There were tech industry internal emails produced by Congress that showed some of the detritus behind those obfuscations.
And then there emerged the delicious notion that Microsoft might indulge in the emotional equivalent of a middle-aged couple suddenly turning to nudism. Yes, committing itself to TikTok.
Somehow, though, all I could think about was advertising.
The CEOs were advertising that they're not really monopolists. Their shtick needs work. They rather managed to project that they're merely extraordinarily greedy for all-encompassing amounts of profit.
And then there were the emails, specifically the ones from Apple. I found it so moving that, in 2010, Apple's SVP of worldwide marketing Phil Schiller was truly upset when he saw an ad.
You'd think ads couldn't disturb the powerful?
Well, here's what Schiller wrote: "I just watched a new Amazon Kindle app ad on TV. It starts with a woman using an iPhone and buying and reading books with the Kindle app. The woman then switches to an Android phone and still can read all her books."
The shame of it. The mere idea that someone could own an iPhone and an Android phone must have been highly troubling.
For Schiller, the pain ensued from the mere idea that "it is easy to switch from iPhone to Android." (Who would think of doing such a thing?)
He described it as "not fun to watch."
This, quite naturally, led to Apple stopping this heinous habit and try to make Amazon pay a tithe for offending Cupertino. And that's why you still can't buy digital books in Amazon's iOS app.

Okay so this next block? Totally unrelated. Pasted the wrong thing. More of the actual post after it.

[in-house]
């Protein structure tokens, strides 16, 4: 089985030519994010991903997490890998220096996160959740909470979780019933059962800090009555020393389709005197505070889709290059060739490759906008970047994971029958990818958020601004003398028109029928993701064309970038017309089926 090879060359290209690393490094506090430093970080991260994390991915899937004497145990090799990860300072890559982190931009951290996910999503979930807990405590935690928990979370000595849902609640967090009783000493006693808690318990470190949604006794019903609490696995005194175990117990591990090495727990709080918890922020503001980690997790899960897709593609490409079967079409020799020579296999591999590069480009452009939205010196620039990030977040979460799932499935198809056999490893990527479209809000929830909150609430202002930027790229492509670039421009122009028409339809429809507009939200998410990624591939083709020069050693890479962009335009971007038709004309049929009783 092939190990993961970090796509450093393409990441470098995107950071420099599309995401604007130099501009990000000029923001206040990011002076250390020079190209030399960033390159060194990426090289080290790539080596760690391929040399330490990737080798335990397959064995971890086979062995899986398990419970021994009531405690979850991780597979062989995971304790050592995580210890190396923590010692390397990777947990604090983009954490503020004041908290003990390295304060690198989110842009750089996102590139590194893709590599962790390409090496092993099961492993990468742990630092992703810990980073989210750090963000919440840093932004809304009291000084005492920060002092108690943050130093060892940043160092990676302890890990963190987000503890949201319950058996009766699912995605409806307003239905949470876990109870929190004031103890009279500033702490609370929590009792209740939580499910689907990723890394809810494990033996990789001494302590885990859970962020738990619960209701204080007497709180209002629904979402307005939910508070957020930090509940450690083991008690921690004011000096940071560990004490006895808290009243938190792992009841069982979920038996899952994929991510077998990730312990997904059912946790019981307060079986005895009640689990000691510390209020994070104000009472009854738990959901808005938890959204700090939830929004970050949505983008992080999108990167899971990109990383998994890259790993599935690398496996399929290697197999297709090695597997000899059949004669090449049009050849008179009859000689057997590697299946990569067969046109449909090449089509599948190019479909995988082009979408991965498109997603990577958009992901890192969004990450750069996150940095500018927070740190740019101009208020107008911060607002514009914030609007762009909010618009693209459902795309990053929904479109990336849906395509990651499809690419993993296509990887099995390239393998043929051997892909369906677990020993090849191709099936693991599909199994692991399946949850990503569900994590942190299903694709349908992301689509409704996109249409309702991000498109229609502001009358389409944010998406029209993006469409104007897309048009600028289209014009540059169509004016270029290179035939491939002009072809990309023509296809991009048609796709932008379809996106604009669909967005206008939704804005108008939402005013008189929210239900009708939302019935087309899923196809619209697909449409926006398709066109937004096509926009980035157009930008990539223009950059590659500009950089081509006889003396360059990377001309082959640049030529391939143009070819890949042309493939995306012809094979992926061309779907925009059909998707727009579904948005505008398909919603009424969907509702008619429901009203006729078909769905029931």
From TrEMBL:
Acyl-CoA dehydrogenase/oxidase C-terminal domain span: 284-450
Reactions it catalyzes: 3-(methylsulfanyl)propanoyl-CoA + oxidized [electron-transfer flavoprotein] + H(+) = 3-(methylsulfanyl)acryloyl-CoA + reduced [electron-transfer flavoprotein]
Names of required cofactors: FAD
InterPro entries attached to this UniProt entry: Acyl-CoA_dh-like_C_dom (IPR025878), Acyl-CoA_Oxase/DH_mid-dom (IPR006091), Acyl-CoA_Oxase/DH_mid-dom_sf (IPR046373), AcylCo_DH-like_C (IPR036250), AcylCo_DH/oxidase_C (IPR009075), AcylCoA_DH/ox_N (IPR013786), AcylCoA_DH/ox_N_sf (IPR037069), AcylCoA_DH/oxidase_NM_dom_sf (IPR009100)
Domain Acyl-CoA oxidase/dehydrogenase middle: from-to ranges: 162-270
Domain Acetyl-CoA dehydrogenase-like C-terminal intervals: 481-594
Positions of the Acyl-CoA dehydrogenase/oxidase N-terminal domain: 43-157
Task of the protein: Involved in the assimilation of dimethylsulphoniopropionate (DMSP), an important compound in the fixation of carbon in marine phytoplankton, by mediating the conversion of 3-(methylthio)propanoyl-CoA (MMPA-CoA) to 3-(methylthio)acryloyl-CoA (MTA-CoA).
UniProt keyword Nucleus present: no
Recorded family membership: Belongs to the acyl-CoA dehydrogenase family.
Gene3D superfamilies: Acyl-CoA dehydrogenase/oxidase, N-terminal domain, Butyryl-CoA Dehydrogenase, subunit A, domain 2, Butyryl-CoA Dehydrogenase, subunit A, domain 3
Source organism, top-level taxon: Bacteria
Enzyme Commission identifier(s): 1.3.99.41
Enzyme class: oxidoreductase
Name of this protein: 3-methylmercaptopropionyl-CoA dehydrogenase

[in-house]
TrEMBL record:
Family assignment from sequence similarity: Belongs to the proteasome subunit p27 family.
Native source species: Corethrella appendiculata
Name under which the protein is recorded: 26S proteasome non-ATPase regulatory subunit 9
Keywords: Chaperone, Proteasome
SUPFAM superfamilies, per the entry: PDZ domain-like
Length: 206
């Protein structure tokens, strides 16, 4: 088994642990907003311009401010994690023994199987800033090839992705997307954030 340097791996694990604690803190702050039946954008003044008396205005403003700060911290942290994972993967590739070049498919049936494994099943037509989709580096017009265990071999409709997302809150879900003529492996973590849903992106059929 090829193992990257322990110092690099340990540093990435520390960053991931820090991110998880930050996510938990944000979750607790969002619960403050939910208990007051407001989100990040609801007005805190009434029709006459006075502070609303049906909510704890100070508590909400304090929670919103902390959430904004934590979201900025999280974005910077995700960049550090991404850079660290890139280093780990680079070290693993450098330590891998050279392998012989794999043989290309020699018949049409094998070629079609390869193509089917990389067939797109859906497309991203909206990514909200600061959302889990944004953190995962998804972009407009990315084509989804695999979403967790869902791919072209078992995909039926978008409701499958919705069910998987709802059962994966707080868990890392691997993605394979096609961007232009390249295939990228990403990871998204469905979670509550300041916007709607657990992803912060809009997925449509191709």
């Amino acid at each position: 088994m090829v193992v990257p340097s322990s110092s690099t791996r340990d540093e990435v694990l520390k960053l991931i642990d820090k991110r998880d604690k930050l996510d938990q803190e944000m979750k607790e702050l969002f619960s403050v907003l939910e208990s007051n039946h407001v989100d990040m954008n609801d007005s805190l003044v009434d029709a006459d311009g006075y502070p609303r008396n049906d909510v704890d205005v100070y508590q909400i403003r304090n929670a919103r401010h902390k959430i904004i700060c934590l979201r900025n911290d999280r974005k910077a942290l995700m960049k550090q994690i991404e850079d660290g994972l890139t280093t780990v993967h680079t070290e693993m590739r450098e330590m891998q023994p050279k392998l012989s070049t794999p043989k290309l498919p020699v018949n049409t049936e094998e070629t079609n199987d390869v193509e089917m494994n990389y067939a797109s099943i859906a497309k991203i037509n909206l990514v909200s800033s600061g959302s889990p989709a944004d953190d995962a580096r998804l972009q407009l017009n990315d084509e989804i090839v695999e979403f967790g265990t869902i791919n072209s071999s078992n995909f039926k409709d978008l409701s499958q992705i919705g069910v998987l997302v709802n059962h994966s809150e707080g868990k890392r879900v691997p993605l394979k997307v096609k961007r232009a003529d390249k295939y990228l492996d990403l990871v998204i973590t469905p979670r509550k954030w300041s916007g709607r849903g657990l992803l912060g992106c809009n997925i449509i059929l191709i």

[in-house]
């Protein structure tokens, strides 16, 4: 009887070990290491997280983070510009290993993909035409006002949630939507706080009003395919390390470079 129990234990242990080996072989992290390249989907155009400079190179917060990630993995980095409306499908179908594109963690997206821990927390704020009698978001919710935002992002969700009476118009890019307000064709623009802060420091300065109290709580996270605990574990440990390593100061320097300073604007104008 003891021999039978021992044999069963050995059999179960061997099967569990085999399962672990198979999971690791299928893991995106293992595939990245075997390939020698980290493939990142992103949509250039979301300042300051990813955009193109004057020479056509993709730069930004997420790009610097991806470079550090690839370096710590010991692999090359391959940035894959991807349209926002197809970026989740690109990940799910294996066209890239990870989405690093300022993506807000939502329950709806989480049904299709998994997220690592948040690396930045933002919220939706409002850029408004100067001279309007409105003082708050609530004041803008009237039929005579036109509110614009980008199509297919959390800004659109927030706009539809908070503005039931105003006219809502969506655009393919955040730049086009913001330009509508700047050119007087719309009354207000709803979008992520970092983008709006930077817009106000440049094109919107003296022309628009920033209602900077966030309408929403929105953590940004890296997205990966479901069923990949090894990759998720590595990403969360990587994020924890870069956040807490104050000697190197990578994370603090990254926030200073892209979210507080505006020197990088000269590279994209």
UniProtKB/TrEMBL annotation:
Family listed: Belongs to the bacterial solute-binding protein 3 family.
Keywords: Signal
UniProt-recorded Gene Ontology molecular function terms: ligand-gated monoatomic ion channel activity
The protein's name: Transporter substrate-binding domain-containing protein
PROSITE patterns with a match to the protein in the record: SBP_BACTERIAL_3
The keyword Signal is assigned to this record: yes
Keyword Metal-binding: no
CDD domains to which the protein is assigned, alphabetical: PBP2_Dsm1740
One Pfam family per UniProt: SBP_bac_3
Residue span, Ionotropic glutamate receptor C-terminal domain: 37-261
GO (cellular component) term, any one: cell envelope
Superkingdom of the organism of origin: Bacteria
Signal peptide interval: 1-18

Apple must have known this issue existed. But it was the sight of an ad -- one that that told real people about the possibilities -- that sent Apple over the edge.
While many debated whether this was some slightly loony middle-aged crisis, my mind again wafted to advertising. (Disclosure: former executive creative director of ad agencies around the world. Now recovering.)
While some of the biggest tech companies internally disdain advertising, they also live off it. Google and Facebook are advertising companies, however much they claim to be creating gadgets that will alter our existence. Amazon, too, has made vast forays into the advertising sphere, something that increasingly worries Google.
Microsoft might, just might, take a look at kids' most beloved app, one that Facebook is desperate to copy, and think -- among other things -- that there's a wonderful opportunity for a new profit source. A source containing our youngest and brightest, not innate lovers of the Microsoft brand.
Naturally, rumors on this subject emerge by the minute. So by the time you read this Microsoft may have already launched TikTok Teams, a way to bring the youth of our nation together to, um, make the world a better place.
However, one rumor suggested that Microsoft's primary role in any potential US purchase of TikTok would be to secure TikTok's data in this country.
Now what happens when a tech company secures its users' data? It monetizes it via digital advertising.
It's touching that advertising still has its strengths.
Rarely has a business managed its image more poorly than the advertising business. This is a touch careless, given that image-creation is supposed to be a core element of advertising's alleged worth.
Yet here it is, wagging its straggly tail again. And tech companies can see the money within.